|New Years 2011|
One thing I abhor about Facebook is how similar a bounty of the posts are. Without being within a couple miles of Seattle, I will always know if there’s a Seahawks game or if it’s snowing. Everyone will be posting. "It's snowing!" Oh really?
Recently everyone voiced their opinions on gun laws (although barely anyone _did_ anything about it).
I saw six pictures of the Seattle sunrise this morning (although I did enjoy those).
And what comes with New Years? Resolutions.
‘cept 95% of the posts are about how people don’t do resolutions.
And they all think they’re the exception.
Usually the post goes something like this:
I’m not doing resolutions this year because why start a resolution just because it’s the New Year? We should do this throughout the year.
To that I want to ask, “Do you?”
During the year, do you take time to step back from your life, look at it, and say, “I don’t like this, this, and this and I am going to empower myself to change it by doing this.”
Now, if they were doing this, if they were making changes, I would salute them firmly - but I don’t think they are. And while they're minds are on changes, now, why not change? The bandwagon of self-improvement isn't one to neces
This is just another cop-out from trying to commit to something (whoa - that’s a harsh cognitive distortion, I know, but I’m keeping it here).
Some people say they don’t even bother writing them down or doing resolutions because they know they’ll never keep them. Well, folks, that’s your problem. “...because they know they’ll never keep them.” If you start out with that thought anywhere in your head, it’s bound to come true. Knowing, before you start, that you’ll fail guarantees failure.
One friend of mine wrote out her resolutions, that I’ve seen.
Thank you Kaci.
And you know what? It inspired me! It made me think, “Golly! That’s a good idea. That is something I could and should change in my life.” It was encouraging for me to see what she had decided to change in 2013.
It told me more about her. It was revealing (not too revealing) and personal and refreshing.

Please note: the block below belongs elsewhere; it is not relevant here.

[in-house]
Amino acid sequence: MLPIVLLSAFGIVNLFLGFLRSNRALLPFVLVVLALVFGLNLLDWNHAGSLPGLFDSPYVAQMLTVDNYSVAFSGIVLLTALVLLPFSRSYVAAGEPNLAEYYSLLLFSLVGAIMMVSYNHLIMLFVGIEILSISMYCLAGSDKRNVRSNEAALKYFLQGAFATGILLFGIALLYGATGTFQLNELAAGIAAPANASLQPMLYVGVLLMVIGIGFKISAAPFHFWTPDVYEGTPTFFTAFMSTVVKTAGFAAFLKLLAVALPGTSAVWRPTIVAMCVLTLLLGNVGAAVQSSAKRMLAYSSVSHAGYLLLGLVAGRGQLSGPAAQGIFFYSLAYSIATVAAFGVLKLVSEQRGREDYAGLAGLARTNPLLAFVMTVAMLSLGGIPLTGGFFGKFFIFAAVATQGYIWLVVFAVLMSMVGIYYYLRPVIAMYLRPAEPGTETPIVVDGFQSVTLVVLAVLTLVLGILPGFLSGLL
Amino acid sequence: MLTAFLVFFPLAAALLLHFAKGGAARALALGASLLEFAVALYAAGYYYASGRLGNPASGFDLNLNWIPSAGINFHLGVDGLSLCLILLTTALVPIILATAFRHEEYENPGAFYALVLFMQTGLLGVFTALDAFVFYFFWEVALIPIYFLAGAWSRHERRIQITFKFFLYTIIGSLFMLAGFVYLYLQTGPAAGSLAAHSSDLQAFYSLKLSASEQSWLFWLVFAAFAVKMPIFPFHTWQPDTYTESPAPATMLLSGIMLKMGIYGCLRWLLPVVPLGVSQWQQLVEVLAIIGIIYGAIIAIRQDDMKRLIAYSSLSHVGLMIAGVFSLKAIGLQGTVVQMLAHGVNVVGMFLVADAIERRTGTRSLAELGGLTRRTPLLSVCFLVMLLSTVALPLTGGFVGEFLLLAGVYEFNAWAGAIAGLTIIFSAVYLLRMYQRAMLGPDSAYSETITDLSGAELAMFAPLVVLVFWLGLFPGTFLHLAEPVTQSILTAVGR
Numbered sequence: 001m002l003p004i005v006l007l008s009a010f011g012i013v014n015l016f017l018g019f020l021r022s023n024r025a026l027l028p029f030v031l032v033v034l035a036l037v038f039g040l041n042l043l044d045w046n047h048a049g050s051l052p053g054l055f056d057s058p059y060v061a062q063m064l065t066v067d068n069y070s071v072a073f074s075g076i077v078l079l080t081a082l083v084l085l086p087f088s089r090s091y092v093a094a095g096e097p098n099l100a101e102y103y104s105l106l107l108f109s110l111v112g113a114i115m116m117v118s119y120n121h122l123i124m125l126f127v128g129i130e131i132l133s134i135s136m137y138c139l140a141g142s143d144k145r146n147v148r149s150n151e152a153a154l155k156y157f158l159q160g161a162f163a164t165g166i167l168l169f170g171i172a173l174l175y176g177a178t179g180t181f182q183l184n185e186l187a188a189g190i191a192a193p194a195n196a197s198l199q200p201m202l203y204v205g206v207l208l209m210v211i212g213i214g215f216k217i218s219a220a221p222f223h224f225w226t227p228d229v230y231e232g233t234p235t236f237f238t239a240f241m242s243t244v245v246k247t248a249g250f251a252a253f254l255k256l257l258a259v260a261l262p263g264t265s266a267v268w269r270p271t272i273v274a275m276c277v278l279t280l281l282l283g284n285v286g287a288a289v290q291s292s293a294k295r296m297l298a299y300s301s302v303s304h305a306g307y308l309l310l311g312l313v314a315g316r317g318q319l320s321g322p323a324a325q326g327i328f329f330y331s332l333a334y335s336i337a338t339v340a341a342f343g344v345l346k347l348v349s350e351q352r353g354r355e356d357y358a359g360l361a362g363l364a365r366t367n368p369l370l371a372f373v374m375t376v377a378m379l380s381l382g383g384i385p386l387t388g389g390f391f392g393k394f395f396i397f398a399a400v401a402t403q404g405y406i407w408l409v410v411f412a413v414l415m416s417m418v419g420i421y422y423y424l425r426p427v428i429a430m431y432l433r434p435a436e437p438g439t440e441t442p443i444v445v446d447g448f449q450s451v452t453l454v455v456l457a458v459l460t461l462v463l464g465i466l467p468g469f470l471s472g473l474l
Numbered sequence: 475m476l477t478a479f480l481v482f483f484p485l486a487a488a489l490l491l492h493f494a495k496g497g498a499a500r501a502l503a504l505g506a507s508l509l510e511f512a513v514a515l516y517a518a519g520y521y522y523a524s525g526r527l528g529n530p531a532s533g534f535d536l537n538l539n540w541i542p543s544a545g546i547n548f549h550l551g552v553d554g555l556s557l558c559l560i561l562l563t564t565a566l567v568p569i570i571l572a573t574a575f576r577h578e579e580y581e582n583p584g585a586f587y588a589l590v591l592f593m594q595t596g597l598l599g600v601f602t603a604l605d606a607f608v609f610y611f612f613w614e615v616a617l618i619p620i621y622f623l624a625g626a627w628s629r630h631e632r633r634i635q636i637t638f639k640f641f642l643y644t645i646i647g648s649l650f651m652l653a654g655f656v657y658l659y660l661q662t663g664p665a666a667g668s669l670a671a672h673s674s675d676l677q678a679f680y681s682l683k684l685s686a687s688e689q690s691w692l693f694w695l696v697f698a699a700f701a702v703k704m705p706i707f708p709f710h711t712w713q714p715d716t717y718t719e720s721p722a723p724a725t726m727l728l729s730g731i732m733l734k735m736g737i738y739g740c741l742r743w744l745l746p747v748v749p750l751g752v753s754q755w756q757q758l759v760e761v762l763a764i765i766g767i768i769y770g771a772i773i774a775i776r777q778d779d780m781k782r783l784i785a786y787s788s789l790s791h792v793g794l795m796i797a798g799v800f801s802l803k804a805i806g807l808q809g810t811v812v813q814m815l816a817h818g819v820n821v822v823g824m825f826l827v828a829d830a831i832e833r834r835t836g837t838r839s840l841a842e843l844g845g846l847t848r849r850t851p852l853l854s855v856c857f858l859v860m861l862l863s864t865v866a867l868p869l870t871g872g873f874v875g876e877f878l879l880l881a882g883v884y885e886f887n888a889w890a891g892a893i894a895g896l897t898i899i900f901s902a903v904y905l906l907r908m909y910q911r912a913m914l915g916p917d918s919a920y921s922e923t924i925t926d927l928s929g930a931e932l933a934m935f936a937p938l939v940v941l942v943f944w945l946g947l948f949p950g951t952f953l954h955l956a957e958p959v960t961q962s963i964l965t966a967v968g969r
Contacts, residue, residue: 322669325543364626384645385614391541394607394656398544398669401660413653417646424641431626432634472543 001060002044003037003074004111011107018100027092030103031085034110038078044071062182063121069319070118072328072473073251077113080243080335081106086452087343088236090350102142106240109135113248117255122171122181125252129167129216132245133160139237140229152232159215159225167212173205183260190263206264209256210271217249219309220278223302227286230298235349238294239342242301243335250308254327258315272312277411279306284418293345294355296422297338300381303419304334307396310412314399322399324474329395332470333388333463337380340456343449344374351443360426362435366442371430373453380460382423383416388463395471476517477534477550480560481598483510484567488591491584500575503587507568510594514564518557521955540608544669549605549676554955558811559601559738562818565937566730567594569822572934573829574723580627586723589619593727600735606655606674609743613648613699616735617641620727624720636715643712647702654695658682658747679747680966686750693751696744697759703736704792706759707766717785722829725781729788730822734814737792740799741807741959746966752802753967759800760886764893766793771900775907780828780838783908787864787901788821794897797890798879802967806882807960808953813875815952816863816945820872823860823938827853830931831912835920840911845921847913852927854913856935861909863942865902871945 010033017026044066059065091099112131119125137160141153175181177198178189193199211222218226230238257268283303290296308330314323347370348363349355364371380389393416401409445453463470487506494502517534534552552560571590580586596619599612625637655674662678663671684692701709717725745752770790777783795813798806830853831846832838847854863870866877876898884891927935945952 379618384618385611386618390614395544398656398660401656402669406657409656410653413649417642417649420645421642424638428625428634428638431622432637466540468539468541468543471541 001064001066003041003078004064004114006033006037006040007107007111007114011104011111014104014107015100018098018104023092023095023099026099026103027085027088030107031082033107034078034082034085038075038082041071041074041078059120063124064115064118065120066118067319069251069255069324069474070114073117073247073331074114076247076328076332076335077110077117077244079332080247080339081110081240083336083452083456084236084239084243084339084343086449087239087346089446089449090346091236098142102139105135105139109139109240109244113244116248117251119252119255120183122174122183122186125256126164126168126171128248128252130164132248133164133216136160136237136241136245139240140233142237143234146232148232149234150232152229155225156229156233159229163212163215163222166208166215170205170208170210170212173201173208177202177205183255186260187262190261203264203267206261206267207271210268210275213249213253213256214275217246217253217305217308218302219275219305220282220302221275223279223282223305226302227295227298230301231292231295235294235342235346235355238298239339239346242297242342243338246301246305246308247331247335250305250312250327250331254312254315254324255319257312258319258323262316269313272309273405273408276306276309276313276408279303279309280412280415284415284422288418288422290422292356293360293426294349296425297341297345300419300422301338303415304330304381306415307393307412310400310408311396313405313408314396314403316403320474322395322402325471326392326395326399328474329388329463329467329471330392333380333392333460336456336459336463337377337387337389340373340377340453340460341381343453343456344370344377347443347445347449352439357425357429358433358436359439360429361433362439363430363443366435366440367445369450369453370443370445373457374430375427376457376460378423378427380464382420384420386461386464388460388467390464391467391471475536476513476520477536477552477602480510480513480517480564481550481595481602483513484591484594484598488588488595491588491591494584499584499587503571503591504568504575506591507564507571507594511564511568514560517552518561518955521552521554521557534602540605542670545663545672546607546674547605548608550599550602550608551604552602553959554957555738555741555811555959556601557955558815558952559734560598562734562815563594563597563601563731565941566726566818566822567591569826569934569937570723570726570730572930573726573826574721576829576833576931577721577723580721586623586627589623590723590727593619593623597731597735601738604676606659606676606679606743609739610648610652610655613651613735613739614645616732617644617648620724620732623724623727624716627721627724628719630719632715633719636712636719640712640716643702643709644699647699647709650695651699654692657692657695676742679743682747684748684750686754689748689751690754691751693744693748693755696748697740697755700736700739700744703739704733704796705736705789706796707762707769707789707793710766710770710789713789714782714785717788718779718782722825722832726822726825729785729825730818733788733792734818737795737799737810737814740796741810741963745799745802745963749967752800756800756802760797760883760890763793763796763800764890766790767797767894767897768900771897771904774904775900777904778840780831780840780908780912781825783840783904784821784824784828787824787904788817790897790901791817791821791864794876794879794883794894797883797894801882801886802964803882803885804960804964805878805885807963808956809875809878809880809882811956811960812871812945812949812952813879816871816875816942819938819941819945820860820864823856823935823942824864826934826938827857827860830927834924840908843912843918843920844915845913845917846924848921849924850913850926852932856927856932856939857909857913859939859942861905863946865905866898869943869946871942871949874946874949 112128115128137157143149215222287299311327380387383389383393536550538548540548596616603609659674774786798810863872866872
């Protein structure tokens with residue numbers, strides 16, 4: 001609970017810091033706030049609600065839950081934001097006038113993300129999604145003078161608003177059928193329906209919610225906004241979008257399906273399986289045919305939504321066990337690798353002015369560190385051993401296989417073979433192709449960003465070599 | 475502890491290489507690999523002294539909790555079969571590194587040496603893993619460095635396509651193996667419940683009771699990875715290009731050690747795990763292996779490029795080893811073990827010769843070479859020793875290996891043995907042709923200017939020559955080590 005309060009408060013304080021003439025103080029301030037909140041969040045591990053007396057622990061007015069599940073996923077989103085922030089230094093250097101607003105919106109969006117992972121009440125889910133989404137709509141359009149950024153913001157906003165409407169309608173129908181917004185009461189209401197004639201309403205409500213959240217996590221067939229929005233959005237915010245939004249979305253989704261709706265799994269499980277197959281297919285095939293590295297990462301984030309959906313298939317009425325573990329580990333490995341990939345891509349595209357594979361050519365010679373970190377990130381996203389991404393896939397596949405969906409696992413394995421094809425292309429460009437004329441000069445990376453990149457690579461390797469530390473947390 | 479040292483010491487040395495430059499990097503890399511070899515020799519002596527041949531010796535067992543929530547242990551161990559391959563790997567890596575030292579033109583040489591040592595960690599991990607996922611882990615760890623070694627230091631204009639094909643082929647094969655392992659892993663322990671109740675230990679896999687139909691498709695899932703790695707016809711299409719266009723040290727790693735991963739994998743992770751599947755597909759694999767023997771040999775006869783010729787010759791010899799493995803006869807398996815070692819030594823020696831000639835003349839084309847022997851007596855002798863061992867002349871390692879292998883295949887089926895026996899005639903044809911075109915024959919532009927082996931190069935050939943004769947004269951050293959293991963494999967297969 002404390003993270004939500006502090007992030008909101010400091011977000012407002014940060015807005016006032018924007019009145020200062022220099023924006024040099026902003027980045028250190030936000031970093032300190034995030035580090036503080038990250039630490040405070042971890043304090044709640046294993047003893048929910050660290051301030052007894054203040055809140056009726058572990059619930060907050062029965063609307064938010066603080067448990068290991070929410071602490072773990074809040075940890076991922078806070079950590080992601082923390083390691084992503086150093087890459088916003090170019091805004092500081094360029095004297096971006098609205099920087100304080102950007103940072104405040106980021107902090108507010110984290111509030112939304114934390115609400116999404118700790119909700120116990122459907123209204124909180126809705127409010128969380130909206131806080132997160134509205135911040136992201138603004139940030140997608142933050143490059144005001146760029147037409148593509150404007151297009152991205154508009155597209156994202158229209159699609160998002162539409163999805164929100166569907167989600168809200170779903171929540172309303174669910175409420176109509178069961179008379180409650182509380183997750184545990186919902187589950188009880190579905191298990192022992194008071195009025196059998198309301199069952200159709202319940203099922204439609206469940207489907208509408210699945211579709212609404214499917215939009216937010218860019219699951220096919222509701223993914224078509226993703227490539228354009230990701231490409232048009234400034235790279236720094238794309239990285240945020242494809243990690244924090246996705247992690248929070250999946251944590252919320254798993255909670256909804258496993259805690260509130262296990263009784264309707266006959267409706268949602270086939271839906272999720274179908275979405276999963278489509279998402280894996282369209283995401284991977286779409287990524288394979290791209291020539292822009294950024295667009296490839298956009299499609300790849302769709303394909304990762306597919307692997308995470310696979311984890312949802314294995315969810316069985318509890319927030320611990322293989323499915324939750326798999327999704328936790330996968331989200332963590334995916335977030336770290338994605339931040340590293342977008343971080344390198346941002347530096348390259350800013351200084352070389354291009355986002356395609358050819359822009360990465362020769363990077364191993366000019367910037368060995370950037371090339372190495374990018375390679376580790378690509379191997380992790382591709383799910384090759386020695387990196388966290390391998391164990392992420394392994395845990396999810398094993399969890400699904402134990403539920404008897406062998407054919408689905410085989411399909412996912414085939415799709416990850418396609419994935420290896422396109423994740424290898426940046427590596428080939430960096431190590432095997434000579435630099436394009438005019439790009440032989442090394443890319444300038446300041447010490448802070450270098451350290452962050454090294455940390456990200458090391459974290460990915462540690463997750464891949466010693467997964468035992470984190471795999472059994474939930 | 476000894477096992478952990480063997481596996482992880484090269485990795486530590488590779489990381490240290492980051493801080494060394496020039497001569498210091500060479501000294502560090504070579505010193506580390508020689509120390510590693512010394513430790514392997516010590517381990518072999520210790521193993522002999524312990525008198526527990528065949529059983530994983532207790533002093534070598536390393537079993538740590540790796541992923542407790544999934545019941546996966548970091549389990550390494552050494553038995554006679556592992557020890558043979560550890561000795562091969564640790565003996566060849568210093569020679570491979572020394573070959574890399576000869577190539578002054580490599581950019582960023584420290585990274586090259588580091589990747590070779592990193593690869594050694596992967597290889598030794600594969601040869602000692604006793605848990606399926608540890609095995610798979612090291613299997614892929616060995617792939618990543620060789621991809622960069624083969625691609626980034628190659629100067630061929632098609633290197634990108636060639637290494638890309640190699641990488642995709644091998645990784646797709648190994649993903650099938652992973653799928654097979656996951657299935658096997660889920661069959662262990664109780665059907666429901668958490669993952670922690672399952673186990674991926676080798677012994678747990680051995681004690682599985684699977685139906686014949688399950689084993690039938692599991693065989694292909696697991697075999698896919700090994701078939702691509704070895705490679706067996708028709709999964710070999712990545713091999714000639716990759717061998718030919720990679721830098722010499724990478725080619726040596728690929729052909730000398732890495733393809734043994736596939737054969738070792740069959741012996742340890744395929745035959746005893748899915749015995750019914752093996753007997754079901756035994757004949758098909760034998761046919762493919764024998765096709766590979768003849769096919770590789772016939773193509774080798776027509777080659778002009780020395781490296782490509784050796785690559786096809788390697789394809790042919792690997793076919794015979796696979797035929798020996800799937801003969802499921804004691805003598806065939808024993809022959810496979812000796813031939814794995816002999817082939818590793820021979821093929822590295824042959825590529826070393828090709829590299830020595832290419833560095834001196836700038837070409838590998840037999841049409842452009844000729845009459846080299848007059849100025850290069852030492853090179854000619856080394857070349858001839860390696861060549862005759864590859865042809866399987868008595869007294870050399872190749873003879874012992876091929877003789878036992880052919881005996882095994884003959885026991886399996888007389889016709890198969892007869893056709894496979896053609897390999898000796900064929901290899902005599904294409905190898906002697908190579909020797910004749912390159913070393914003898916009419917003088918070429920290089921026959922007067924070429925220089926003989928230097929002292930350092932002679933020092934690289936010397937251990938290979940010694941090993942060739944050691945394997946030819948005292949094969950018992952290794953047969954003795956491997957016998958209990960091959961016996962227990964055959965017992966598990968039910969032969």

Instead of brushing resolutions aside, wouldn’t it be more effective to spend a bit of extra time on your resolutions, thinking about ways to actually make them happen. Game plans. Accountability partners. A list of ideas to pursue.
For me and my resolutions, some will be taken care of early in the year. I have to think of resolutions that I can take with me on the go as I head to Europe. A few of these were inspired by Kaci. Oh! And I just saw Krist put hers up. Once again, inspiring and encouraging.
Here are my New Year's Resolutions & Goals 2013:
1) Cancel out processed crazy-sugars. I’ve done it before for months at a time and, oh how it made me feel better. I have a problem with addiction to sugar - as in, if I go a day without it, I get a headache. I need to deal with this, again, and take it out. No “moderation.” That doesn’t work. No sugar starting now (well, actually I started December 30). No white flour either, that’s just as bad. And cookie dough can no longer be the exception, regardless of how special the circumstances are. In cutting out sugar, I will feel better emotionally, mentally, and physically.
2) Get rid of crap. Donate it. Use it. Distribute it. Recycle it. Throw it out. Get rid of it. Next month, when I go home, I will get rid of at least 111 items.
3) Become semi-fluent in conversational Russian or Ukrainian(aspiring for equal fluency to what I can do in German/Swiss-German).
4) Visit/travel-durch 10 countries.
5) Travel from West Coast to East Coast of the United States (Alaska to New York) and from Eastern to Western Europe (Russia to Scotland) all via train or hitchhiking.
6) Read 12 classics - any 12 classics. Even if they’re all Francis Hodgeson Burnett. G.K. Chesterton counts. One a month is doable. However, if I am working on Resolution #3 in full force, that can replace a classic book for a month in order to maintain full immersion.
7) James 4:8.
I love reading what the resolutions of my friends are and there are mine above.